NEW YORK: The family of Eric Garner, an unarmed black man who died after being placed in a chokehold by a police officer in July, has been receiving media relations support from the National Action Network.
Jacky Johnson, communications manager for the National Action Network, a nonprofit civil rights organization, told PRWeek that Garner’s family is not being assisted by a PR firm.
She added that Jonathan Moore, the family’s lawyer, is also helping the family with messaging because of the legal implications involved.
Moore did not return PRWeek’s calls or emails seeking comment.
Hours after Garner died, his widow Esaw Snipes contacted National Action Network for support, explained Johnson.
"We got involved and [Garner’s family] has been at our rallies every Saturday since," said Johnson, who added that the network does not work with an external PR firm.
Media relations for the network’s rallies, held in a show of solidarity with Garner’s family, are handled by Johnson, who mainly sends out media advisories for the events. The rallies are also broadcast on the radio.
Last Wednesday, after a Staten Island grand jury decided not to indict the police officer who placed the chokehold on Garner, the Justice Department promised to investigate the incident.
In response, the National Action Network’s president and founder Rev. Al Sharpton called for a national march to take place in Washington on December 13 to press for changes in the justice system.
"The march is bringing awareness on a larger scale of the common issue between all of these families," Johnson said.
Comedian Keenan Thompson opened Saturday Night Live this week playing the part of Sharpton. In response to the Garner grand jury decision, his character noted, "For the first time in my life, everyone agrees with me."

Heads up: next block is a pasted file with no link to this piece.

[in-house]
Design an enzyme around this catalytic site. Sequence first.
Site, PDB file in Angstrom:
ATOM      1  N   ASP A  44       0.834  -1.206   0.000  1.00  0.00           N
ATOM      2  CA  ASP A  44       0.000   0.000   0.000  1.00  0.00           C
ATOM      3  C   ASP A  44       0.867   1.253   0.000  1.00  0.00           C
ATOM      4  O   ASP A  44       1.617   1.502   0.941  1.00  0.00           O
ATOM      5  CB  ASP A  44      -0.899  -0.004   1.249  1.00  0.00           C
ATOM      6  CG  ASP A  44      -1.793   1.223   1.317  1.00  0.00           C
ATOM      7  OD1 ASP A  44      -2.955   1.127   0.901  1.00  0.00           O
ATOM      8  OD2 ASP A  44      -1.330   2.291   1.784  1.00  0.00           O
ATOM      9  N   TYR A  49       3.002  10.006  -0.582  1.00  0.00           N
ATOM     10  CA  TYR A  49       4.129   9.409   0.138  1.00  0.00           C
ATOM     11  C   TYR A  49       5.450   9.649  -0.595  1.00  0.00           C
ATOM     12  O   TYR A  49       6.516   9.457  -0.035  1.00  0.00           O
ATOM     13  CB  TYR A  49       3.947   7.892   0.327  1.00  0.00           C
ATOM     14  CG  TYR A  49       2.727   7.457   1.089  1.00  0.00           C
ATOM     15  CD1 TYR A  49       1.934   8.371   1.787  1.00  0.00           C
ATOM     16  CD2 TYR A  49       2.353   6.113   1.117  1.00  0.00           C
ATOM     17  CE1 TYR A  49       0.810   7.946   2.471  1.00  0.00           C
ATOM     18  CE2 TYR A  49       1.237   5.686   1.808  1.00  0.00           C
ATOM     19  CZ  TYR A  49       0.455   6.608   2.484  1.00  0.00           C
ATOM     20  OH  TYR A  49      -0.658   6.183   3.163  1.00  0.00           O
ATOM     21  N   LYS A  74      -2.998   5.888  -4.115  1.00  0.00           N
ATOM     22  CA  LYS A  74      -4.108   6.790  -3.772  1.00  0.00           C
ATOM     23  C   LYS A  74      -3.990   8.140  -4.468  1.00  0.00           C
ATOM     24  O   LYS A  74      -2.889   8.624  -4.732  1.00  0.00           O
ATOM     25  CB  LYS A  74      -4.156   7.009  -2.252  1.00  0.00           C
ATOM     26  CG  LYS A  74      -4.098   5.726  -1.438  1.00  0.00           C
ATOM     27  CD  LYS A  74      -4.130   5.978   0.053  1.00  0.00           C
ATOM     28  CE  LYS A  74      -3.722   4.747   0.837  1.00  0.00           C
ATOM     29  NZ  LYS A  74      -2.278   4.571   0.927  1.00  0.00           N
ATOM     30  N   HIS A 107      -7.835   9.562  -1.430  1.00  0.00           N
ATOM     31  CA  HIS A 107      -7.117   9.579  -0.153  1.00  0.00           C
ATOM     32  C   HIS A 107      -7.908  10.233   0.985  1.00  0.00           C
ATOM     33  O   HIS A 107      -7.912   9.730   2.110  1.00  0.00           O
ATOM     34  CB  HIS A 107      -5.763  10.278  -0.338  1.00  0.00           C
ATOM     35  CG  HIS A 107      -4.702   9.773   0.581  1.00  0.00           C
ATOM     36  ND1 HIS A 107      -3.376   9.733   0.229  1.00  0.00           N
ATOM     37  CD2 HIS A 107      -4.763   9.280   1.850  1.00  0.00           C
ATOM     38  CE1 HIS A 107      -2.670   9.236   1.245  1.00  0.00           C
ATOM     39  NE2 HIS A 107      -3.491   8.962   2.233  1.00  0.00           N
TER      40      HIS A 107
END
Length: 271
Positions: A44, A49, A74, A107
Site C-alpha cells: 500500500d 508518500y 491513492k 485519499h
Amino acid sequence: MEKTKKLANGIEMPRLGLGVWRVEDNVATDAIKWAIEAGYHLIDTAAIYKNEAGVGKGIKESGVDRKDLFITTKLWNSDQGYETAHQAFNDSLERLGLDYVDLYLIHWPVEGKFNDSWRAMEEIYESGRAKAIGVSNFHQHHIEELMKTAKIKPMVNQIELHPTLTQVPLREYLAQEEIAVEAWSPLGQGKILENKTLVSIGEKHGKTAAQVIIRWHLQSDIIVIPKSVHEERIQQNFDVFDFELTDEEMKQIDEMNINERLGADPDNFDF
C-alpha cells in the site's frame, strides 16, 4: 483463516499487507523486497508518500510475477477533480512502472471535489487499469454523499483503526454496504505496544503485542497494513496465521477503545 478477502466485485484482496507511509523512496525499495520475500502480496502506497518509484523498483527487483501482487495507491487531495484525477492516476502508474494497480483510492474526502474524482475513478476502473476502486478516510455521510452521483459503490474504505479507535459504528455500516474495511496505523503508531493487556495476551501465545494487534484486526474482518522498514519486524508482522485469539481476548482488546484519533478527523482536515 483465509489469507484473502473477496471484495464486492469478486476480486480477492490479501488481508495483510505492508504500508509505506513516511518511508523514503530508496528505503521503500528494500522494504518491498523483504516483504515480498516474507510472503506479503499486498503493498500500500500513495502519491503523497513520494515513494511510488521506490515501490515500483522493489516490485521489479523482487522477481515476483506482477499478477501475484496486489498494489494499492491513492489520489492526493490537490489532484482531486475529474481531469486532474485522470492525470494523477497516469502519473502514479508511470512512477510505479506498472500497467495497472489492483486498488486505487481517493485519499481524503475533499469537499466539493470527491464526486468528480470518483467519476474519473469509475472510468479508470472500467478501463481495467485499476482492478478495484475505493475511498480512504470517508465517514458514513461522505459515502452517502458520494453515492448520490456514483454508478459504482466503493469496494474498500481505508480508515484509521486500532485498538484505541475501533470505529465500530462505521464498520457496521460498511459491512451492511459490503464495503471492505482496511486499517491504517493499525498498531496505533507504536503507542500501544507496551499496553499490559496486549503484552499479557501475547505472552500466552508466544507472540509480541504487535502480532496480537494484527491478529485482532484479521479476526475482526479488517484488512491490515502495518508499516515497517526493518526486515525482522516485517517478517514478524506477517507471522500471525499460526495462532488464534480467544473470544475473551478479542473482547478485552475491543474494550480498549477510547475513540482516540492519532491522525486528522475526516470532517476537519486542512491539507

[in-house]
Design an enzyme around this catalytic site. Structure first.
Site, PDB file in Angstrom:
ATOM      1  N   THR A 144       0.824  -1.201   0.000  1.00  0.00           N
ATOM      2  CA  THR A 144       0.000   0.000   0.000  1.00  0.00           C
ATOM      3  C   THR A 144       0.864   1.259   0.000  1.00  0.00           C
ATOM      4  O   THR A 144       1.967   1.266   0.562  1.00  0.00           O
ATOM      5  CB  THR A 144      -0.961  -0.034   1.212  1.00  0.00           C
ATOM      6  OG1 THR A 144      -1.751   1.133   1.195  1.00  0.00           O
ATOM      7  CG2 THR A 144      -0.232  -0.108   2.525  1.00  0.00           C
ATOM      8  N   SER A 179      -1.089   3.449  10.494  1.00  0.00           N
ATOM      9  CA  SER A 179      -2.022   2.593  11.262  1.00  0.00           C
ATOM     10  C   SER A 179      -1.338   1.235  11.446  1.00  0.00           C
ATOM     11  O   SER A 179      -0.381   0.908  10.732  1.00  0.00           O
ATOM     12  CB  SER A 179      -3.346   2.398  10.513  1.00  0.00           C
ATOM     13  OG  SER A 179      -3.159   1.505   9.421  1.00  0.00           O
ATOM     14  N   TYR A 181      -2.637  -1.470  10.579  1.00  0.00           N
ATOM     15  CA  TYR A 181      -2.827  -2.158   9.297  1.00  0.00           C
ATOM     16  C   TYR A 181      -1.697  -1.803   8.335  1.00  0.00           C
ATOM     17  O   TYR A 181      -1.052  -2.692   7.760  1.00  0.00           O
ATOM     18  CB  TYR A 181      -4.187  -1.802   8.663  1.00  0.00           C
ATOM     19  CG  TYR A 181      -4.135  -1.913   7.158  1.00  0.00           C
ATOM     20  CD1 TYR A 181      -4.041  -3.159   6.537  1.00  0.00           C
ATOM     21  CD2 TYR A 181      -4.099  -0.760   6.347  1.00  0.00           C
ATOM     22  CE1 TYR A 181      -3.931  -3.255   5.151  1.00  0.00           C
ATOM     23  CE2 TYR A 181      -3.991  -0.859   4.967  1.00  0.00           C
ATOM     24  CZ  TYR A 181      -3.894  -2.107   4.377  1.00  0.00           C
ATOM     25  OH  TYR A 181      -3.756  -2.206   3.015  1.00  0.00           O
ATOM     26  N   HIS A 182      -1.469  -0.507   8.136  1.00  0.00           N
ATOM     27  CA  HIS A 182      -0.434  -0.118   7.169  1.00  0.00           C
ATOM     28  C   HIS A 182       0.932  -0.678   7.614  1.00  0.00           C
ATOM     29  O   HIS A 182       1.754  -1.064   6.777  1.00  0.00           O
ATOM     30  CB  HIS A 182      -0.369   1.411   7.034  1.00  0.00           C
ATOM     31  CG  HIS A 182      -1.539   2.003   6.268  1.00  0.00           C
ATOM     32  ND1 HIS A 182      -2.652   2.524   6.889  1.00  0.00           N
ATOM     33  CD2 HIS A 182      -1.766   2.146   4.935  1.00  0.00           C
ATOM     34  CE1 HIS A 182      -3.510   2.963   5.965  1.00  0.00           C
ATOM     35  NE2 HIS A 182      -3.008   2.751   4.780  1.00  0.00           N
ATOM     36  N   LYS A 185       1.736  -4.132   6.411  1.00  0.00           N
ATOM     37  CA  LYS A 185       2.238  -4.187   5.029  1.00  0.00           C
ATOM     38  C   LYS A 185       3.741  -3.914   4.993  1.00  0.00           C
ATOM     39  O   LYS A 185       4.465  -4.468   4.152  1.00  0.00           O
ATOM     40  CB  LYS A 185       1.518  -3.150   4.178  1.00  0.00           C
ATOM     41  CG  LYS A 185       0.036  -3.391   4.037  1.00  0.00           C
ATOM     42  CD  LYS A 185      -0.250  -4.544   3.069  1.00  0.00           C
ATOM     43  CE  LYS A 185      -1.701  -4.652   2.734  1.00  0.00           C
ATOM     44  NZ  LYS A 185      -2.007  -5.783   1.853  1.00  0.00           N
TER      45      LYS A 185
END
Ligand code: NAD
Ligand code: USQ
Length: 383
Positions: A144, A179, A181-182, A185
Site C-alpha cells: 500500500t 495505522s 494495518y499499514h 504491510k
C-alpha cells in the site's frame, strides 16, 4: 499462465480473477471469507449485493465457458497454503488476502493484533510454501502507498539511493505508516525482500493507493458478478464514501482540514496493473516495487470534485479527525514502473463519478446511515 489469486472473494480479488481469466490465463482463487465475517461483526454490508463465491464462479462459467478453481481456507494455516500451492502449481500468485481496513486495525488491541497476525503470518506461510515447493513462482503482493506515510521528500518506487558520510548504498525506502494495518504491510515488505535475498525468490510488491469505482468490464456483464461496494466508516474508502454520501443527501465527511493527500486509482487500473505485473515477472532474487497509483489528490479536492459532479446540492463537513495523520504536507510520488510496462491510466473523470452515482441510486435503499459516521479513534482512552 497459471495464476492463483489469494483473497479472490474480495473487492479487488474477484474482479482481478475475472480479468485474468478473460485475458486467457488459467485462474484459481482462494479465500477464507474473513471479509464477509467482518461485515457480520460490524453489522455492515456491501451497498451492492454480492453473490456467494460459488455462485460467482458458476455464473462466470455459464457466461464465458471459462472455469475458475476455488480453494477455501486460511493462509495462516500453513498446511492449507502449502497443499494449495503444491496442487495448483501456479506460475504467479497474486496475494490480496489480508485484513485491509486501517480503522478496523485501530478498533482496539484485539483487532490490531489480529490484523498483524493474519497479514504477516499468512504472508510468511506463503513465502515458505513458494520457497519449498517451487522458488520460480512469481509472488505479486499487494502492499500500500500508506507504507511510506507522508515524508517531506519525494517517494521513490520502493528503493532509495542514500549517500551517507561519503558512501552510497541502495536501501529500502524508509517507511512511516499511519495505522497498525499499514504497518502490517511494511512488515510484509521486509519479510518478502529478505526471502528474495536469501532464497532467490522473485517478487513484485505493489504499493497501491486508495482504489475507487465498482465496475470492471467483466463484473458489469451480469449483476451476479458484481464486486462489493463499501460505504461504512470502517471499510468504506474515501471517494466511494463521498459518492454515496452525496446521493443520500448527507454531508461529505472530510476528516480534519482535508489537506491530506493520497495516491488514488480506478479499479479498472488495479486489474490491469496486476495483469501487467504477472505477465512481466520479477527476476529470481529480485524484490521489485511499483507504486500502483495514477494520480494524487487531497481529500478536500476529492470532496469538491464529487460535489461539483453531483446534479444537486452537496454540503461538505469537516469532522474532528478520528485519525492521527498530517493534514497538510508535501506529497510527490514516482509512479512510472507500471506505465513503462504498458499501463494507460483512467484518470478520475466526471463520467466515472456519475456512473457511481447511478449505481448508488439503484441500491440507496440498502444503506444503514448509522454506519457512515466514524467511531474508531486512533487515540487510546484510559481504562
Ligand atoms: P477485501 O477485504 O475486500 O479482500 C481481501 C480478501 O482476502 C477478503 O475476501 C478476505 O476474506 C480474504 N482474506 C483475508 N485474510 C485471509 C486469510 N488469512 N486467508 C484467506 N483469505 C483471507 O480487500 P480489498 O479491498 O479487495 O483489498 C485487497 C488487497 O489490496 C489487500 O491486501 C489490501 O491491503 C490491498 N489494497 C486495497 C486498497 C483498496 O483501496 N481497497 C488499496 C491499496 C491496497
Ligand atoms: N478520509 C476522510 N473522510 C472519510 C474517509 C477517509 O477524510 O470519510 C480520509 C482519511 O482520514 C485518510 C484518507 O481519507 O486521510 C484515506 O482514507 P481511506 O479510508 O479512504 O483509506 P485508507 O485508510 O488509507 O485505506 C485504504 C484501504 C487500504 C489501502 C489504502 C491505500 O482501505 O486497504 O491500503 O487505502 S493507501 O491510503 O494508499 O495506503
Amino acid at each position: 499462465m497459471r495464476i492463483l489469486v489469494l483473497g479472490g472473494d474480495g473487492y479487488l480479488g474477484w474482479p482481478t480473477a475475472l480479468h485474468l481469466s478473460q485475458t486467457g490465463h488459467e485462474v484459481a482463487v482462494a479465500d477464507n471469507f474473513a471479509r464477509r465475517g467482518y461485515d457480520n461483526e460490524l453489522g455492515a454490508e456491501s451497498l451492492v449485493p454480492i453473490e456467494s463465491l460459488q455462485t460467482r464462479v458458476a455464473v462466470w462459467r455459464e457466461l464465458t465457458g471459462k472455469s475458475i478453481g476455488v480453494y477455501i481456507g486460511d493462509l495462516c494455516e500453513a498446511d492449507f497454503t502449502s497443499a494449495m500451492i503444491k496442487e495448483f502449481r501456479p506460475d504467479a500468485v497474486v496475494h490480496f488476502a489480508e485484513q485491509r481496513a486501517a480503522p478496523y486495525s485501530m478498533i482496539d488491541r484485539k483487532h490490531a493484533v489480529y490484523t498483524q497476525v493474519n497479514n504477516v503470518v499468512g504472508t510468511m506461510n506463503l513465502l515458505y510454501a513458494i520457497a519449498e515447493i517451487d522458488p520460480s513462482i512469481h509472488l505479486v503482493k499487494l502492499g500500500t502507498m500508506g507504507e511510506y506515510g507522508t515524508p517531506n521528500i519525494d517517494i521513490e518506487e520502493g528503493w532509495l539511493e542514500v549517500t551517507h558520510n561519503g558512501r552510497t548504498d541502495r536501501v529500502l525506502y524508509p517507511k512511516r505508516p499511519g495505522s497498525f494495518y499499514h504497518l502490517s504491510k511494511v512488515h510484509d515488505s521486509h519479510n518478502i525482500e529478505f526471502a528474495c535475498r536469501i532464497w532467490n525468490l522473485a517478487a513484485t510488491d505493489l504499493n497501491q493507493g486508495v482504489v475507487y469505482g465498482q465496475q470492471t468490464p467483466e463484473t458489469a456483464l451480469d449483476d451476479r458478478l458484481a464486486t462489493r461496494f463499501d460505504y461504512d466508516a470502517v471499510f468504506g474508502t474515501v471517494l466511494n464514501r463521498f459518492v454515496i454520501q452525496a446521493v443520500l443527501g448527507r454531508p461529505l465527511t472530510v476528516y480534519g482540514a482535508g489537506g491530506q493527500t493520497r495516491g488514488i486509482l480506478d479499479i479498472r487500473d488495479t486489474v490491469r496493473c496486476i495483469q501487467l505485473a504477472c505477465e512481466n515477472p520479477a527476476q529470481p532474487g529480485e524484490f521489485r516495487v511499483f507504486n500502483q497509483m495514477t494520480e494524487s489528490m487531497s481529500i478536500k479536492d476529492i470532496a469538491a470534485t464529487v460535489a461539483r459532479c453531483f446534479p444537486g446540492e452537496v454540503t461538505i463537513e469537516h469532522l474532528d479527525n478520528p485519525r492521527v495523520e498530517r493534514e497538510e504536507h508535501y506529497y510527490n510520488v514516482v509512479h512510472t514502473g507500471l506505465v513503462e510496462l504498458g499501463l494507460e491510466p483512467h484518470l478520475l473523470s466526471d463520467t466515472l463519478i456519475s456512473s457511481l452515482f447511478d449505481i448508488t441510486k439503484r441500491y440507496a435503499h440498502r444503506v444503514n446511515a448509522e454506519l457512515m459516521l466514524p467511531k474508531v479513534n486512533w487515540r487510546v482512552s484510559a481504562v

Over the weekend, protests in Berkeley, California in response to the decision turned violent. However, demonstrations elsewhere across the country have been largely peaceful. A handful of NFL players also voiced their displeasure on the issue by wearing warm-up t-shirts protesting on Sunday, and carolers in New York City changed the lyrics to well-known Christmas songs to share their stance against the verdict.
Garner was initially approached in July by police on suspicion of selling single cigarettes from packs without tax stamps. After telling the officers to stop "harassing" him, one officer, Daniel Pantaleo, placed him in a chokehold. While lying face down on the sidewalk surrounded by four police officers, Garner repeated the phrase "I can't breathe" 11 times. One hour later, Garner was pronounced dead at the hospital, with city medical examiners concluding that he was killed by neck compression from the chokehold.
The entire encounter was captured on cell phone video by a friend of Garner’s, which was then posted on YouTube and quickly went viral.
The decision on Garner’s case follows another grand jury decision from the end of November, which ruled that Darren Wilson, the officer who shot unarmed African-American teenager Michael Brown in Ferguson, Missouri, in August, will not face trial.